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Mine Competitor's Data to Improve Your Online Marketing

2014-18-July-Eavesdropping.jpgIn the dynamic world of online marketing, it's important to have a solid and current understanding of your position in the competitive landscape. When you know your competitors' efforts in Pay Per Clicks (PPC) and SEO you can use that information to inform your online strategies. Let's take a look at the tools and strategies that can help improve your online marketing efforts with competitive intelligence.

Budgets

Understanding how much money your competitors are allocating to paid search on a monthly basis helps you understand their level of investment. With SpyFu or Keyword Spy, you can estimate amount of spend, seasonality and any recent ramp up in spend. This data can provide insight into your competitors’ marketing strategies and financial commitment to paid search.

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Keyword Targeting

Get a good idea of competitor's specific areas of focus by examining the keywords they target in paid search. Both Keyword Spy and SpyFu will provide keywords where your competitors’ ads appeared. I recommend dumping all of the keyword data into a word cloud tool (Wordle.net is a great one) to easily visualize the frequency of keyword targeting.

After you identify what keywords your competitors target, dig into the raw data at the keyword level. Look at average position and cost per click to determine their aggression level for these keywords. Are your competitors always in a top position (first or second)? Do they pay a surprisingly high amount for certain keywords ($20 to $40)? High position and high bids are good indicators that a keyword is effective.

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One of my favorite areas to look into is what I call the “Competitive PPC Hot Zone.” By cross-referencing a few of your competitors using SpyFu’s Kombat tool, you can identify which keywords all competitors target. If you aren’t bidding on these keywords, you probably should be. You also might identify areas where none are bidding, presenting an opportunity for unique visibility.

This same competitive keyword review process can be used for SEO too. Looking at competitor ranking information can shed light into where your competitors focus their optimization efforts.

Ads and Messaging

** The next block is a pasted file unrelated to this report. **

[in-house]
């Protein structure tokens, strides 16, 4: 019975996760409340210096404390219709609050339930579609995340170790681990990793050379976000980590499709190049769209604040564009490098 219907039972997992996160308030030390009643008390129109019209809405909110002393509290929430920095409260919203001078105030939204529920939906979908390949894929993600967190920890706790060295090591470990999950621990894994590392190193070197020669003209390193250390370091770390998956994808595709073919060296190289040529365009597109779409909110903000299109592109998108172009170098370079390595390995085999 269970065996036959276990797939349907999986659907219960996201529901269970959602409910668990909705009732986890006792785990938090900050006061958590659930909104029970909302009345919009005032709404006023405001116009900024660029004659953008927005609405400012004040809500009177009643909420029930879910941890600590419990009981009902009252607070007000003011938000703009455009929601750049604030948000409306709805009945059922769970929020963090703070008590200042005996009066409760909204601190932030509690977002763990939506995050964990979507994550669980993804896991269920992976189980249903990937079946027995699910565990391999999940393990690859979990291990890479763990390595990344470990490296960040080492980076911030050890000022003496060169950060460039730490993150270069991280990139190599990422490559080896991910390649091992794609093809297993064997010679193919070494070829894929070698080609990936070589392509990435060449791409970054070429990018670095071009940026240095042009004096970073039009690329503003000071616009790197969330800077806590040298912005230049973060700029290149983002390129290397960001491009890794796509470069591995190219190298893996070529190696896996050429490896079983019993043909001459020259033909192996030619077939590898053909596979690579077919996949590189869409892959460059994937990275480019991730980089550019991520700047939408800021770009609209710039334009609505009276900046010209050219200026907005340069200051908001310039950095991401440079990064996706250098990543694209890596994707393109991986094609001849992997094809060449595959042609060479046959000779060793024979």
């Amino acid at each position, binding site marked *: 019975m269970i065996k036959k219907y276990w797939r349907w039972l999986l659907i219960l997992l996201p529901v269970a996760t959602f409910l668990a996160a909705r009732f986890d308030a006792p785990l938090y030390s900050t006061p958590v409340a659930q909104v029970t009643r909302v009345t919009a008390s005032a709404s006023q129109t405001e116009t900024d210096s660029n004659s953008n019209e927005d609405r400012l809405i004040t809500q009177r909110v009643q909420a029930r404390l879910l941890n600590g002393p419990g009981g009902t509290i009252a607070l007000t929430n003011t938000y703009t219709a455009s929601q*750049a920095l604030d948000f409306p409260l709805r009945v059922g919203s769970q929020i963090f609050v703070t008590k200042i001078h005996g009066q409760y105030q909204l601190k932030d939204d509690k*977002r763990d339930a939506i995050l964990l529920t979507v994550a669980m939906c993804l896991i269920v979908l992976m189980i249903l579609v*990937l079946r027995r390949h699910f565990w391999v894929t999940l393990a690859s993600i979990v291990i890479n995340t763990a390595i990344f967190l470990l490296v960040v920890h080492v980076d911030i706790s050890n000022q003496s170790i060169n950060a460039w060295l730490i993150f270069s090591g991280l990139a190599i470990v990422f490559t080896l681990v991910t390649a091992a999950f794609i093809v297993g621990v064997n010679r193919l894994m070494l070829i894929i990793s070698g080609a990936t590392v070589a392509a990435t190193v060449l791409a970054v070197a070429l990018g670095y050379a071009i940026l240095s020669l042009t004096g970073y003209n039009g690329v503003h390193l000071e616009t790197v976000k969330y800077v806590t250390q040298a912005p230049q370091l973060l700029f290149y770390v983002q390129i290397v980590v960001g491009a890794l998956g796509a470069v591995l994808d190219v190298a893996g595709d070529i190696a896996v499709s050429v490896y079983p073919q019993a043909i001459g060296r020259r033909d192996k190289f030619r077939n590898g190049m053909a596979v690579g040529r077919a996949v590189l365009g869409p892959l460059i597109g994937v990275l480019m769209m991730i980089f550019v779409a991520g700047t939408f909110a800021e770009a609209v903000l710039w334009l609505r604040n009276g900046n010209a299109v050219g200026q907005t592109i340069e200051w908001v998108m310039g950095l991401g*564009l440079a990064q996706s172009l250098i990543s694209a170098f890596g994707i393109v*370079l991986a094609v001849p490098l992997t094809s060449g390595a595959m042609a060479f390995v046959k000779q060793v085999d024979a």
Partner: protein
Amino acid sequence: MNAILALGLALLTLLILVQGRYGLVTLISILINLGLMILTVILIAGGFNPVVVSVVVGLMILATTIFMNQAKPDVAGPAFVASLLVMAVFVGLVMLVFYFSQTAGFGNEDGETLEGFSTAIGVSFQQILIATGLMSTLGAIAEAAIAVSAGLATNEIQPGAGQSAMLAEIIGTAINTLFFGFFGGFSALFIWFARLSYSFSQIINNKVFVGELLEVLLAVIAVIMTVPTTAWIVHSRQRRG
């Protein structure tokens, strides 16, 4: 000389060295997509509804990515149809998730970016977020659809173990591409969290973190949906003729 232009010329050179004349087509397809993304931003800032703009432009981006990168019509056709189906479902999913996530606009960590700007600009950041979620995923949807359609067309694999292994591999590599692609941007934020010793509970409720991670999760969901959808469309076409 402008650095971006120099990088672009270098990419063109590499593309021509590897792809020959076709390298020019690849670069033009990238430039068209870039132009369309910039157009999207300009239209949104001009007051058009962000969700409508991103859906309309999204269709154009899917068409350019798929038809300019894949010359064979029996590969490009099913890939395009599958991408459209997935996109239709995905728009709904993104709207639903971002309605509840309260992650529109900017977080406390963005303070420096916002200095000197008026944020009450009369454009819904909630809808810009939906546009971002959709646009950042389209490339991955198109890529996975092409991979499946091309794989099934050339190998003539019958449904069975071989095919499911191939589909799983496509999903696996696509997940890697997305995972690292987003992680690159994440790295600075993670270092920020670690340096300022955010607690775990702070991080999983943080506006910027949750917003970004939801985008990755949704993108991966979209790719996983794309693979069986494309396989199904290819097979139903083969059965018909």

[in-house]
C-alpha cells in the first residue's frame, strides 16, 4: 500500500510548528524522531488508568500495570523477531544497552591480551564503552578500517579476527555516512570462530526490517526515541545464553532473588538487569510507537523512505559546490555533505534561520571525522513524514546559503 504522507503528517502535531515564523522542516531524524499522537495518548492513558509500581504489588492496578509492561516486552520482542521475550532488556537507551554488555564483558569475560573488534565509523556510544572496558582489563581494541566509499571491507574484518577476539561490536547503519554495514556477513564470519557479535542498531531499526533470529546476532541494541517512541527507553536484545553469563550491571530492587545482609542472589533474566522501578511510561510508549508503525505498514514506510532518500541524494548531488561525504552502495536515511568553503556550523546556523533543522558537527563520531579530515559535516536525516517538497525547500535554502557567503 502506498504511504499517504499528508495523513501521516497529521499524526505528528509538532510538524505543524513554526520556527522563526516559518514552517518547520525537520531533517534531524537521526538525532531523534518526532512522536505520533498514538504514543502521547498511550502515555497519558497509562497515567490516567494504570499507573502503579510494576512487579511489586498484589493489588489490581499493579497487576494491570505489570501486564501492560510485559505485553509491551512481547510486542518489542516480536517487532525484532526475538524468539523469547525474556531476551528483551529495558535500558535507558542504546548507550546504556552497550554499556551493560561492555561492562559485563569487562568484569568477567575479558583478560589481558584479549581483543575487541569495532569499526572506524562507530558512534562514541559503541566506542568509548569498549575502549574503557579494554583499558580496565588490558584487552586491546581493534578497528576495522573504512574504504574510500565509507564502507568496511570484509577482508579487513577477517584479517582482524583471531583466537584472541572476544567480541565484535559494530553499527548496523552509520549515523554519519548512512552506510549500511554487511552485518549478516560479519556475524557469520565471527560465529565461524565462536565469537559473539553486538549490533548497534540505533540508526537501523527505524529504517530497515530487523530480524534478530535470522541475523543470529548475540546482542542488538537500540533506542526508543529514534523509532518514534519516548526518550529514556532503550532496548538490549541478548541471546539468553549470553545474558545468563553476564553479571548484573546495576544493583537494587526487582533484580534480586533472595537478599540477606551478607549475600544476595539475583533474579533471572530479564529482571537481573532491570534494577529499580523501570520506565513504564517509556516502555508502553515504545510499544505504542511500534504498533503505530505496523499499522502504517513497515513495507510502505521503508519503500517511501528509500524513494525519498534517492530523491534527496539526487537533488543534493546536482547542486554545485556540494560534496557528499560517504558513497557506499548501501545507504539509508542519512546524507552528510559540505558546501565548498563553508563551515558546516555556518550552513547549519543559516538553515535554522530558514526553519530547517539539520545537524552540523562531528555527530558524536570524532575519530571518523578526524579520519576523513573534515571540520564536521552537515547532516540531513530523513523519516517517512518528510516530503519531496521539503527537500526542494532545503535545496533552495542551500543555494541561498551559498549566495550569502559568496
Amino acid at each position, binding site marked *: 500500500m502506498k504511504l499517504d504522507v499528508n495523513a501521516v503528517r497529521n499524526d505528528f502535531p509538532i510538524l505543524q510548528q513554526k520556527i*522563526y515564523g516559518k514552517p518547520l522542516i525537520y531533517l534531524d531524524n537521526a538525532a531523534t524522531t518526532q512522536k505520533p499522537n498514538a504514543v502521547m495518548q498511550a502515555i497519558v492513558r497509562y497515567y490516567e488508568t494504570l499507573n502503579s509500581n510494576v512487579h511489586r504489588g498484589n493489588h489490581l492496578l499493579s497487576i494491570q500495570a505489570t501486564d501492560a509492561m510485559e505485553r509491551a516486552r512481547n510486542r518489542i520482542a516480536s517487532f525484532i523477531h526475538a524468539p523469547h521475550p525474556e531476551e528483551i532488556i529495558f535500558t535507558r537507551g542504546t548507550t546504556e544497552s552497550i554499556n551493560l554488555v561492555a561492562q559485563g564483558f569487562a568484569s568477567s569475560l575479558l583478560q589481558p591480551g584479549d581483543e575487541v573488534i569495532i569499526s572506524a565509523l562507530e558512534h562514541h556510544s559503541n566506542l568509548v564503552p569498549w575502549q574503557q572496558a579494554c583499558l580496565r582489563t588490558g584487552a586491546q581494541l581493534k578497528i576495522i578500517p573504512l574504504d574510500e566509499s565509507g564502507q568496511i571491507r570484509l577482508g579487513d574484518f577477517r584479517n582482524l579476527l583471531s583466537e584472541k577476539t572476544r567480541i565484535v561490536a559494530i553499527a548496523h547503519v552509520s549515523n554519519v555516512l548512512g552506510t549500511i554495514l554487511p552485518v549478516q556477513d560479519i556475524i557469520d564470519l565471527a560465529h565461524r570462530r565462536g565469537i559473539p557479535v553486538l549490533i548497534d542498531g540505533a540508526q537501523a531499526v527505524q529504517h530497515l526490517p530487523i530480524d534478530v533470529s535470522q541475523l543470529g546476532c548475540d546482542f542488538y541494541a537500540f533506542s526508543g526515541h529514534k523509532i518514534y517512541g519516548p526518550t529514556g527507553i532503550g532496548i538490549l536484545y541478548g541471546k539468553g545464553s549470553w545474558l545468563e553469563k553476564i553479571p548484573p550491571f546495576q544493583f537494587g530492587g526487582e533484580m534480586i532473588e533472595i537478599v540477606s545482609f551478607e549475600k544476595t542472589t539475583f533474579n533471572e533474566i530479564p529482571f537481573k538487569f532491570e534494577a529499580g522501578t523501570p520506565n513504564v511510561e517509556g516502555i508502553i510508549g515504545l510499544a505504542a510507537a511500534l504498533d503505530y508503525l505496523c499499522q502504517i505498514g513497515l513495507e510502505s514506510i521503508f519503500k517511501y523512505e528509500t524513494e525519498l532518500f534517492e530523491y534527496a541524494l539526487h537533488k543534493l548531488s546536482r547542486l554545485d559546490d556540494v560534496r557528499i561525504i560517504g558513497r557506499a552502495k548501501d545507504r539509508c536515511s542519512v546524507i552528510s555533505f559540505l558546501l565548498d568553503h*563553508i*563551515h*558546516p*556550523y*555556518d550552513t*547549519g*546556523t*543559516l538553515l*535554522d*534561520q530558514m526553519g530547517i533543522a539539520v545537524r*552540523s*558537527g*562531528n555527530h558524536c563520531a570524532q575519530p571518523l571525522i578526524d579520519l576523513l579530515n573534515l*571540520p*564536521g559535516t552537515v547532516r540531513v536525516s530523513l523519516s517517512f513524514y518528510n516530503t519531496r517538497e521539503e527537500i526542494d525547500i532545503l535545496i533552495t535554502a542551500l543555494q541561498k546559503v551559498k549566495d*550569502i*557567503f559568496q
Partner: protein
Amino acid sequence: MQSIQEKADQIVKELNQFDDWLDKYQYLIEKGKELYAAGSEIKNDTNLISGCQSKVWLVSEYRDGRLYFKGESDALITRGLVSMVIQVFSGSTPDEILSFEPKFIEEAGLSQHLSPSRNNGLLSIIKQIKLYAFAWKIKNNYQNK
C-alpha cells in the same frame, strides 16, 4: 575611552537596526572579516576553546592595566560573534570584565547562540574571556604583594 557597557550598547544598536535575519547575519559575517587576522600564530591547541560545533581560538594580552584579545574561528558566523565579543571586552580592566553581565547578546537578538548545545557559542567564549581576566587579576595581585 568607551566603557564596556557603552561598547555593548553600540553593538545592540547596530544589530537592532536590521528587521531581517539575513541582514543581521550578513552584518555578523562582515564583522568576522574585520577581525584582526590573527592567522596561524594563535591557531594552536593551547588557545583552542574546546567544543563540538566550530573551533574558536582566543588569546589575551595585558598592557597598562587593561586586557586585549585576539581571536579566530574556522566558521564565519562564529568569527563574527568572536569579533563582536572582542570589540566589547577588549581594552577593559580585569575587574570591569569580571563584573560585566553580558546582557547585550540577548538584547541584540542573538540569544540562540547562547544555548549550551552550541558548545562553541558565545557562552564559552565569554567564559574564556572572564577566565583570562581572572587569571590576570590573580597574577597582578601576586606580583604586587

Once you know your competitor's keyword targets, take a look at what messaging they use. Does the messaging include features or benefits? Any trends in their ad text? What calls to action (CTA) do they use?

Understanding what they see as their main value proposition can dictate whether you want to approach their messaging head on or create a different competing value proposition. Generally, it’s good to test both of these strategies against one another and let the data do the talking.

Landing Pages and Offer Roadmap

Now that we know spend level, keywords targeted, and ad messaging, let’s explore how competitors are trying to close the deal and get visitors to convert. By looking at what landing pages and offers (white papers, industry reports, demos, free trial) your competitors have run over time, you may come up with new ideas for content to create.

Inbound Linking Opportunities

The final area of competitive research is specific to SEO, and involves identifying backlink opportunities. When doing this, note that you have two types of competitors: actual competitors in the real world and search results competitors. If you search for terms relevant to your business, not every result shown will be a literal competitor, and it’s important to take search result competitors into account.

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A good place to identify opportunities lies in the inbound links your actual and your search result competitors have from high authority sites. Are there industry resource listings with high domain authority that would be easy to get inbound links? With search result competitors, what links are helping them rank? Moz and Raven can help with inbound linking efforts.

Taking your competition into account when devising your online marketing strategy will help you identify areas of opportunity and expose your competitors’ weakness. It’s imperative to use this information to make your strategy as effective as possible.

Title image by Everett Collection (Shutterstock)

About the Author

Jason Kane is an experienced online marketing professional with several years of experience connecting digital marketing initiatives with overall client business objectives. After getting his MBA in Entrepreneurship at DePaul University in Chicago, Jason began his online marketing career on the agency side, specializing in paid search and search engine optimization. Jason currently works as an Account Director at Obility Consulting, an online marketing agency that helps B2B companies with long sales cycles drive pipeline, increase sales and track marketing's efforts to revenue.

 
 
 
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